In a town with a reputation for rebel prosecutors, District Attorney George Gascón stands out.
Locals would never confuse San Francisco's chief prosecutor -- the longtime cop, former chief of police, and former Republican -- with progressive predecessors like Terence Hallinan. Yet when implementing state prison reform, San Francisco is still way out there -- in a good way, according to a recent report from the Stanford Criminal Justice Center.
The report examined how county prosecutors across the state are dealing with realignment, the shuffling of lower-level offenders from state prison to county jail as part of the reduction of overcrowded state prison populations.
And San Francisco is leading the way: with less crowded jails, the city easily absorbed lower-level offenders from the state. And county jails are less crowded to begin with, thanks to incarceration alternatives, including drug addiction treatment.
But since realignment began, there's been an increase in crime in San Francisco. So what's going on?
Innovation is possibly the most-overused, least-understood buzzword in the lexicon today, particularly in San Francisco (where it's second only to "disrupt"). But there it is: San Francisco is an "exemplary model of innovative AB 109 implementation," according to the report, which praised the city's Adult Probation Department and Sheriff's Department for giving inmates treatment, classes, and other tools to succeed in society before shoving them back out the door with a criminal record.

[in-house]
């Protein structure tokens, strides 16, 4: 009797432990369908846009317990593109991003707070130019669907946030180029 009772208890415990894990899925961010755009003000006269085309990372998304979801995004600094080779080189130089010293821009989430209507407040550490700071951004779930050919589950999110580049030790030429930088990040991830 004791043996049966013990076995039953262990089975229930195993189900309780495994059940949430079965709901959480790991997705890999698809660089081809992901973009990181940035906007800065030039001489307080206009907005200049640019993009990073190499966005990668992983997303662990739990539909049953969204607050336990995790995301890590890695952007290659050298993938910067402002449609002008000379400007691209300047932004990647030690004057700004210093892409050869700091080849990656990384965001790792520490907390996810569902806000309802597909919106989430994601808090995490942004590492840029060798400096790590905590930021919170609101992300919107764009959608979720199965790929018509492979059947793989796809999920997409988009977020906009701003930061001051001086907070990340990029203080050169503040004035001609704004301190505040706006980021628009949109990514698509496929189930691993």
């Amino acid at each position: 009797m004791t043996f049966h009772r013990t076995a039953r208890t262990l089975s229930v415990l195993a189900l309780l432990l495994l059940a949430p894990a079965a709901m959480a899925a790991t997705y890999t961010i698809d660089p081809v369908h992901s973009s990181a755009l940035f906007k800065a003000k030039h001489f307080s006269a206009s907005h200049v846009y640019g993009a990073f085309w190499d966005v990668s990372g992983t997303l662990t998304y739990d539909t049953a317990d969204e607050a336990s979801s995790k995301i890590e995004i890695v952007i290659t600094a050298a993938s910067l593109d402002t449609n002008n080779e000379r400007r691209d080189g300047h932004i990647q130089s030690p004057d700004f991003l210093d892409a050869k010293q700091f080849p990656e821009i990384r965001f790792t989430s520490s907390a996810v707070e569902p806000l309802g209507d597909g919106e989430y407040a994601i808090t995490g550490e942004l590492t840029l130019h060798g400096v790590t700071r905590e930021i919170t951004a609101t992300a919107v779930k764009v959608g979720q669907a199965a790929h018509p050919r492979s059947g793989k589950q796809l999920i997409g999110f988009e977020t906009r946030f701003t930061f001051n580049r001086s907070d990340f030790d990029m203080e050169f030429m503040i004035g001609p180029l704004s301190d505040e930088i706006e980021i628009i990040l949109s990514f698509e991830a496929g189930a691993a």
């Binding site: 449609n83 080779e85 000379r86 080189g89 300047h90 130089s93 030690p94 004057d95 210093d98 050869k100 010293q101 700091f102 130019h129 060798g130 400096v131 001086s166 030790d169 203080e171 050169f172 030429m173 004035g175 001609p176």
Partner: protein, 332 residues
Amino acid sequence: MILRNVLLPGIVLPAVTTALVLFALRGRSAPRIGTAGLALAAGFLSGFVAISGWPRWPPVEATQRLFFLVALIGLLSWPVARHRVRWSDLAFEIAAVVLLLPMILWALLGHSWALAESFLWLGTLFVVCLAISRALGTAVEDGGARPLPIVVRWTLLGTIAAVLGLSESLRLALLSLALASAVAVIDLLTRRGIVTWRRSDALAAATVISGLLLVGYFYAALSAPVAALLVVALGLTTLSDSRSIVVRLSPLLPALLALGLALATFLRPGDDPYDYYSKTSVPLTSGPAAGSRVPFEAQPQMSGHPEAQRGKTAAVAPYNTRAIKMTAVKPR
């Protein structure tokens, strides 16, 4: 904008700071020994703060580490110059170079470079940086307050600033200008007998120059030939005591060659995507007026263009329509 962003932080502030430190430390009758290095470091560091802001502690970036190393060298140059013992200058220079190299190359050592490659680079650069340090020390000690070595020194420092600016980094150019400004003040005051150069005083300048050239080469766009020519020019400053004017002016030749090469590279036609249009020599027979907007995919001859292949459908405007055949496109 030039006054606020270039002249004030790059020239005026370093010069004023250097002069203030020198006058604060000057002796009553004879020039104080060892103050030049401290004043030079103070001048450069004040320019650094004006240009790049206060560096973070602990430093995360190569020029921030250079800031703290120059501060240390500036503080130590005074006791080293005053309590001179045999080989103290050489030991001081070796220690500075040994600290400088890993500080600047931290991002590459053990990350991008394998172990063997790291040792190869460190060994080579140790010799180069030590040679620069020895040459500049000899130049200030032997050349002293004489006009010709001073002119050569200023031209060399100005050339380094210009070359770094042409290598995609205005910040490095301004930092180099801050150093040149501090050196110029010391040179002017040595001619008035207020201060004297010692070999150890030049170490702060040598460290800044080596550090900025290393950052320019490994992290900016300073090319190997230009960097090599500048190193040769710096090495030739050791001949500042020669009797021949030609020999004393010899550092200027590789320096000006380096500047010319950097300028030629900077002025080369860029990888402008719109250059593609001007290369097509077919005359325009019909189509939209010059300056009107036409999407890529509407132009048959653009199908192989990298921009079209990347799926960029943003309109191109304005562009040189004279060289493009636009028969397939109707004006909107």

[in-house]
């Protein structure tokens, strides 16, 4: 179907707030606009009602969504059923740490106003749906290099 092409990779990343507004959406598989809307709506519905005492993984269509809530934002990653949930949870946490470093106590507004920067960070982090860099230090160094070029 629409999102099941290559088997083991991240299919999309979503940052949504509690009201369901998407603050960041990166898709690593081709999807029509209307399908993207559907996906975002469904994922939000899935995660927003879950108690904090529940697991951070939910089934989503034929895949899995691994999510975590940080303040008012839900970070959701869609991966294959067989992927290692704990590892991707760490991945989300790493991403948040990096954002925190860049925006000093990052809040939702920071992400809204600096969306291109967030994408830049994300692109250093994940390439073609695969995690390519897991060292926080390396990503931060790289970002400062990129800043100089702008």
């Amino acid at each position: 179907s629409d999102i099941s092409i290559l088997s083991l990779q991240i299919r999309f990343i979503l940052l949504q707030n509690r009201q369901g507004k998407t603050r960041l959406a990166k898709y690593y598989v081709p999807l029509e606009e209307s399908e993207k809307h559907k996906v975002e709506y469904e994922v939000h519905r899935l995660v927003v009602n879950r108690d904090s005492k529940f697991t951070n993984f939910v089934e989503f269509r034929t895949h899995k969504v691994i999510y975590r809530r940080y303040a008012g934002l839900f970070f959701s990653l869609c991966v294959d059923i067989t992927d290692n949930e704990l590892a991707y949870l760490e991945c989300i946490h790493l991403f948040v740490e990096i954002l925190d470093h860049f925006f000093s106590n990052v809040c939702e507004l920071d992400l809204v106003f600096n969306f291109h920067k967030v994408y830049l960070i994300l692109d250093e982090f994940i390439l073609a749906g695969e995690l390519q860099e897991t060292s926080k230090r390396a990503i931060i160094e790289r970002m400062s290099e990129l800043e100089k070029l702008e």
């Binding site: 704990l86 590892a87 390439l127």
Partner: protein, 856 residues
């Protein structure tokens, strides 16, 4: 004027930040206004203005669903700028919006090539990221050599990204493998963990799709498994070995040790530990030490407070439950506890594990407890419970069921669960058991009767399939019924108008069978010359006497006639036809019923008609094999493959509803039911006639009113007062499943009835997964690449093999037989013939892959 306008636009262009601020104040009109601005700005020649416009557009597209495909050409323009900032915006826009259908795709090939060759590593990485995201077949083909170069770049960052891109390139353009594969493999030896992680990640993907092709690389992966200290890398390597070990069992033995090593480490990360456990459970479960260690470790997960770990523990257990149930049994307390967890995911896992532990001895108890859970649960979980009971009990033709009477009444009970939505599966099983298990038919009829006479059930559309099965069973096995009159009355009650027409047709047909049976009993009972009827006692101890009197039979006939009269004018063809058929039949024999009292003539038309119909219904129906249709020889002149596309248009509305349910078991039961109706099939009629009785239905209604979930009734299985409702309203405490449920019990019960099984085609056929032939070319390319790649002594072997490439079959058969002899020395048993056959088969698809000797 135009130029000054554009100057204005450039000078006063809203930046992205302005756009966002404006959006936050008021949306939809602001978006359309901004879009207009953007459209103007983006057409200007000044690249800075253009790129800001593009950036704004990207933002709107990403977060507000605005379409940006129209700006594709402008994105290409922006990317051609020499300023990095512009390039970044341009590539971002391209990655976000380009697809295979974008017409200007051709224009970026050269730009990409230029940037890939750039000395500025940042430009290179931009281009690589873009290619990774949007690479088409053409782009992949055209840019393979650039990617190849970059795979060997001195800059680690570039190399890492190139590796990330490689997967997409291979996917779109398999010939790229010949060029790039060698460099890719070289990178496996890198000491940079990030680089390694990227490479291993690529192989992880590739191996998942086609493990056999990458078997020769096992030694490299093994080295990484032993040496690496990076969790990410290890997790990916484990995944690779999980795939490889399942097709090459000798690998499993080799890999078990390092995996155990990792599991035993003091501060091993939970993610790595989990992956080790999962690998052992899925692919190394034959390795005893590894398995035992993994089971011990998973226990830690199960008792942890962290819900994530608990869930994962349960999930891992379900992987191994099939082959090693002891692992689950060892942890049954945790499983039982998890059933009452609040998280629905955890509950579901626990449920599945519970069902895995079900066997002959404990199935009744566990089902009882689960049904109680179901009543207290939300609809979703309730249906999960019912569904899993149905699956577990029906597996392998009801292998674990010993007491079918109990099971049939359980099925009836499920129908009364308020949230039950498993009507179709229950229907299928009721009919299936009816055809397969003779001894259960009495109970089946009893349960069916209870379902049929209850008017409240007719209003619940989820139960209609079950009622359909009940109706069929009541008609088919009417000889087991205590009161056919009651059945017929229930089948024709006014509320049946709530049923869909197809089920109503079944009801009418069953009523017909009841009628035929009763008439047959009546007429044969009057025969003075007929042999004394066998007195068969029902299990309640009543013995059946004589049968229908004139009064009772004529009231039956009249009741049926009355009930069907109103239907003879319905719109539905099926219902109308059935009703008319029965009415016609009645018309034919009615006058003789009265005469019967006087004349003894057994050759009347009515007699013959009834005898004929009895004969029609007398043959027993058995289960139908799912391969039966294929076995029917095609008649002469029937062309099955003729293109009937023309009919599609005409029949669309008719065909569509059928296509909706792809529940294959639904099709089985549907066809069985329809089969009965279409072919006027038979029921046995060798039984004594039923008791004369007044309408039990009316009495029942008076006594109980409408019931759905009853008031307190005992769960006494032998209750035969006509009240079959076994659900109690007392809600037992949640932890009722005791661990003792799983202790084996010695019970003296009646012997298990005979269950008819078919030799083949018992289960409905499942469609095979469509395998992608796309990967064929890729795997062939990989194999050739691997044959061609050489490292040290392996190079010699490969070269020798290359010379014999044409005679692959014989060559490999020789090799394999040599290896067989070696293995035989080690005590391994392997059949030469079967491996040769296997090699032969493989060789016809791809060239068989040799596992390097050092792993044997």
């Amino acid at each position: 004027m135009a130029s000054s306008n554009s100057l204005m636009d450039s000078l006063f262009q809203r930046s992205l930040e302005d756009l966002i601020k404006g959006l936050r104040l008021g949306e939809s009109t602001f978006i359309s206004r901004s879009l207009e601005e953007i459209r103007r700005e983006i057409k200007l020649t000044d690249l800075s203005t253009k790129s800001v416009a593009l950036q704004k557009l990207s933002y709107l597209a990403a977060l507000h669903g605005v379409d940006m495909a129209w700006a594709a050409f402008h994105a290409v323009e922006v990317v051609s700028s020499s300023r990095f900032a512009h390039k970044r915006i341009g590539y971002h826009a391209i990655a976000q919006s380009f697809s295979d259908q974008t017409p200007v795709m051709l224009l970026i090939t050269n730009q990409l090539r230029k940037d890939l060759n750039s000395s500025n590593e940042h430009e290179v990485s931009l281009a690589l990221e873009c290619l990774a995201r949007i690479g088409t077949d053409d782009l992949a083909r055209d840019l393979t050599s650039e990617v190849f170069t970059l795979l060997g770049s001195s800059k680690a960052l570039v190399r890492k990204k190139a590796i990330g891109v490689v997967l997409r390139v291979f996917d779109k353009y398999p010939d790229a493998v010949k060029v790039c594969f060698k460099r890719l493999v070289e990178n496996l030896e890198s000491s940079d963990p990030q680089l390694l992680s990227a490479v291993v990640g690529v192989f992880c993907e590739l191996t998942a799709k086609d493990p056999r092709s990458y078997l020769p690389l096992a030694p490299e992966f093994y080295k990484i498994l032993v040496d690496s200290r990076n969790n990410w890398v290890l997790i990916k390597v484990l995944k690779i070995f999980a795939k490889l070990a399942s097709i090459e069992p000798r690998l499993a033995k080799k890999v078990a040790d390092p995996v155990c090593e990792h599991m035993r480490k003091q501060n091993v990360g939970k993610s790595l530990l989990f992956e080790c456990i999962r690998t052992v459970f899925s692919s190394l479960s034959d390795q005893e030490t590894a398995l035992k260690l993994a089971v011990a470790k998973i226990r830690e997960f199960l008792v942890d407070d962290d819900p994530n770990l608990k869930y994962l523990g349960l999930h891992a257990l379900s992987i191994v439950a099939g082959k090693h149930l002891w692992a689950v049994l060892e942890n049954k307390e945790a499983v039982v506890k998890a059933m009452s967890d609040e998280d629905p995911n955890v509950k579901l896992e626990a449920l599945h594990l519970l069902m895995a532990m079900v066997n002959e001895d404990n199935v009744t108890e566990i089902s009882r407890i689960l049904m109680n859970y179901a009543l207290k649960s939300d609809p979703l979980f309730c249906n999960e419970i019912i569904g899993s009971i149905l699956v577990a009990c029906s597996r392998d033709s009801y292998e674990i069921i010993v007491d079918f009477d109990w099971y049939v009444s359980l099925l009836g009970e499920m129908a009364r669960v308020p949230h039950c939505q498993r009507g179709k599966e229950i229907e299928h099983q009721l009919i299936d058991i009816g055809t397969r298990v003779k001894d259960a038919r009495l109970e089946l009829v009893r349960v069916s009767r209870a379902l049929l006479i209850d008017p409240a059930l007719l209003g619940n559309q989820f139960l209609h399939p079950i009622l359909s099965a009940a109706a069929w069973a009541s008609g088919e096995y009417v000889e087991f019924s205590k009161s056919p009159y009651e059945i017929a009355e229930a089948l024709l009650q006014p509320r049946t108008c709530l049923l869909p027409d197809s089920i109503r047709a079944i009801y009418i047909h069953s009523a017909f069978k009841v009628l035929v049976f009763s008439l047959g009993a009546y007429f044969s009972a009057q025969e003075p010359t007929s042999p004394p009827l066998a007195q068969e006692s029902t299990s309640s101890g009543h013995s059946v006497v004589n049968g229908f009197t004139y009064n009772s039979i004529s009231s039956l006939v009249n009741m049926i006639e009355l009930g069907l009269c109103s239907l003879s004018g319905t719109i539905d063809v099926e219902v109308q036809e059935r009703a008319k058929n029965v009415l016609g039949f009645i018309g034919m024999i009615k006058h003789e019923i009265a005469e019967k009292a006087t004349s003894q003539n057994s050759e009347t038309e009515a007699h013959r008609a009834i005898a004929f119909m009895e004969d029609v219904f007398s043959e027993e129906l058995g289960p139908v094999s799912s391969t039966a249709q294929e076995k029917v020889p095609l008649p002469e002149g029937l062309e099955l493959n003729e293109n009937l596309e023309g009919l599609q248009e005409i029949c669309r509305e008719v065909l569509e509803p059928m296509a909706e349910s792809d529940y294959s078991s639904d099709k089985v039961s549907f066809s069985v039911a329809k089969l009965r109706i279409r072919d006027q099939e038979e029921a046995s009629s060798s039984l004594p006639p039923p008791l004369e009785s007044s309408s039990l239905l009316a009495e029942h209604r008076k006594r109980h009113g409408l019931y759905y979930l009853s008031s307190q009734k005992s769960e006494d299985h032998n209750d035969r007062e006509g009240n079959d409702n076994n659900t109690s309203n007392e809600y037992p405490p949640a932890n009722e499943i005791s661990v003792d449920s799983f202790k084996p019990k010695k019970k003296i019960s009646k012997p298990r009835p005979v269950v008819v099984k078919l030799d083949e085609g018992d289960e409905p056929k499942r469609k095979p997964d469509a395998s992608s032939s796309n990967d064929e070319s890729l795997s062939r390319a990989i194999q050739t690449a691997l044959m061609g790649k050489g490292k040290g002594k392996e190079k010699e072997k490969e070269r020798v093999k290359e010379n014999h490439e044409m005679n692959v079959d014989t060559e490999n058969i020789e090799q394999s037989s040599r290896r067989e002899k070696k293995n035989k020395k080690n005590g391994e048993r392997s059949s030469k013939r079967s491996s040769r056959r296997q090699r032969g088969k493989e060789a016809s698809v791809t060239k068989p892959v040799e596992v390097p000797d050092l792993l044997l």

Warm praise is also there for Gascón, who says that realignment provided him an opportunity to do criminal justice in a way that wouldn't have been possible before. He created a new job (Alternative Sentencing Planner who advises prosecutors what punishment to request a judge impost) and created a new database, called DA Stat, that will give prosecutors a better idea of who's committing what crime.
This is all great. Yet for some reason, property crimes have also increased in San Francisco since realignment began in early 2011.
Auto thefts have spiked close to 20 percent, from 510 car thefts a year to about 650. IN addition, property crimes have increased from about 4,600 a year to 5,400, according to data from the FBI Uniform Crime report.
It's much worse in other Bay Area cities: In Oakland, perennially understaffed cops are dealing with a 30 percent increase in property crimes, and in San Jose -- which has an equally bad staffing shortage -- there was a double-digit increase in auto thefts.
All of this can be tied back to the economy. Gascón is DA of one of the richest counties in the country and has resources that counterparts in Stockton, Merced or Riverside could only dream of. Good luck getting one of those counties to pay for an in-house social worker.
And remember realignment sent home "non" criminals -- nonsexual and nonviolent. That means someone busted boosting cars could be sent home earlier -- where he or she might return to their old ways. "Violent offenders are still being sent to prison. Property criminals are the ones who are being released early and are going back to commit more crimes," the report said.
Left unsaid is how easy it is for a former prisoner, nonviolent or not, to get a job in a single-track, tech-mad economy (hint: it's not easy).
It's still hard out there for an ex-con, and not even San Francisco has figured out how to innovate that one.